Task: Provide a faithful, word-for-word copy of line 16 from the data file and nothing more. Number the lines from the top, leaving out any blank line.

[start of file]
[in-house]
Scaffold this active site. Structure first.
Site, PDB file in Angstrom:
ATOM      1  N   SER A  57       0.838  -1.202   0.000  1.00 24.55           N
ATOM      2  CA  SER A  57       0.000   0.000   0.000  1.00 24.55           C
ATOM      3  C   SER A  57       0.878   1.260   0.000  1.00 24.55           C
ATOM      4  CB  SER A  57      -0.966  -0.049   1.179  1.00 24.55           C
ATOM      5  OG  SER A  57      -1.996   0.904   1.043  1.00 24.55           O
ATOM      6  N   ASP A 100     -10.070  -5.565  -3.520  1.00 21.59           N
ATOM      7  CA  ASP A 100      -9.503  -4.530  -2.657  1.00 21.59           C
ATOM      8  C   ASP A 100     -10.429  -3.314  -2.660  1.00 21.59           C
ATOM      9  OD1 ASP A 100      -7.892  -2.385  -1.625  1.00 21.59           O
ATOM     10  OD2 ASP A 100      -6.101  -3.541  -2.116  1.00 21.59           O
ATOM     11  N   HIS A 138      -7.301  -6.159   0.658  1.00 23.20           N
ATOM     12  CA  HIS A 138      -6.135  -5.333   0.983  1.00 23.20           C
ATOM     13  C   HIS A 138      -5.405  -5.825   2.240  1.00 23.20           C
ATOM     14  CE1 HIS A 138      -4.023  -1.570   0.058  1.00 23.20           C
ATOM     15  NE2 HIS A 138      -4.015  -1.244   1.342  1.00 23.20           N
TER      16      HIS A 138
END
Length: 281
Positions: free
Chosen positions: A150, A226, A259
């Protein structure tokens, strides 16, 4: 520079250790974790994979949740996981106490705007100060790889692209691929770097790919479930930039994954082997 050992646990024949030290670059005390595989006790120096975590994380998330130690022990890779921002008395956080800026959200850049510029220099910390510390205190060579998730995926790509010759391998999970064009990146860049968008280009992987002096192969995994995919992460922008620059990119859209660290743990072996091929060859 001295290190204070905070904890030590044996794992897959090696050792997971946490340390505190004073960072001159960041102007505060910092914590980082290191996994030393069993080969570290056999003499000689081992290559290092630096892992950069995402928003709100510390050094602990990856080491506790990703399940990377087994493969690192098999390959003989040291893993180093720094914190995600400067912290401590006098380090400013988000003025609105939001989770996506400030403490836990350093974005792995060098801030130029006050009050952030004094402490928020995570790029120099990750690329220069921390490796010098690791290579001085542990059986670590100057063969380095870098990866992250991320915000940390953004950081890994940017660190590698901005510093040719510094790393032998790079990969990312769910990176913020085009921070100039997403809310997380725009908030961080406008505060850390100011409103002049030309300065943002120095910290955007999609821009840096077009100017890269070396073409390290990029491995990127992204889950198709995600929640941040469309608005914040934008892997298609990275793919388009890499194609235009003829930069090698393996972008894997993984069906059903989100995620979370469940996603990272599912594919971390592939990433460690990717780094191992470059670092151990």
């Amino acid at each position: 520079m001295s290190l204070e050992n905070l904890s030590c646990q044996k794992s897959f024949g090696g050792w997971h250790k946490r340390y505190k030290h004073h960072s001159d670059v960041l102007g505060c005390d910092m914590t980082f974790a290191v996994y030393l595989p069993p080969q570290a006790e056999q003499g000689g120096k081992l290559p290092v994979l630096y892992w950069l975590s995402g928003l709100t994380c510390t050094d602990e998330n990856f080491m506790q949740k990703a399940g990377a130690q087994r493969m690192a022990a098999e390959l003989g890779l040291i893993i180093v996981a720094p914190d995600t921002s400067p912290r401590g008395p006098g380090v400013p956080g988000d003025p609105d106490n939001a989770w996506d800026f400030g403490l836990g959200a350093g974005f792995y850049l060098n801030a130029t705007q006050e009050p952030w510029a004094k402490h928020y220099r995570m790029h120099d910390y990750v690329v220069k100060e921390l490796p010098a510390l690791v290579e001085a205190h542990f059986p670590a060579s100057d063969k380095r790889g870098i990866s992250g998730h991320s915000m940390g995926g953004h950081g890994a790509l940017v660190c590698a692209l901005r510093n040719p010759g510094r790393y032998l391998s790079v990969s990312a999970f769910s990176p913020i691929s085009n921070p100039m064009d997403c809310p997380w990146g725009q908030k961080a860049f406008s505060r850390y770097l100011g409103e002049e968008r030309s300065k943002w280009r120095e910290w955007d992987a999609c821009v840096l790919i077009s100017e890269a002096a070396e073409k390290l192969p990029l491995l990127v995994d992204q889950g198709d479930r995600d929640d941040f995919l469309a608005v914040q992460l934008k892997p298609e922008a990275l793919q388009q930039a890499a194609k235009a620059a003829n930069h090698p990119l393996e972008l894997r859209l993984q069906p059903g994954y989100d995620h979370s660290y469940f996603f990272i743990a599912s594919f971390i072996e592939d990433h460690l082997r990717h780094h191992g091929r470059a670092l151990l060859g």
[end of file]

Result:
ATOM     13  C   HIS A 138      -5.405  -5.825   2.240  1.00 23.20           C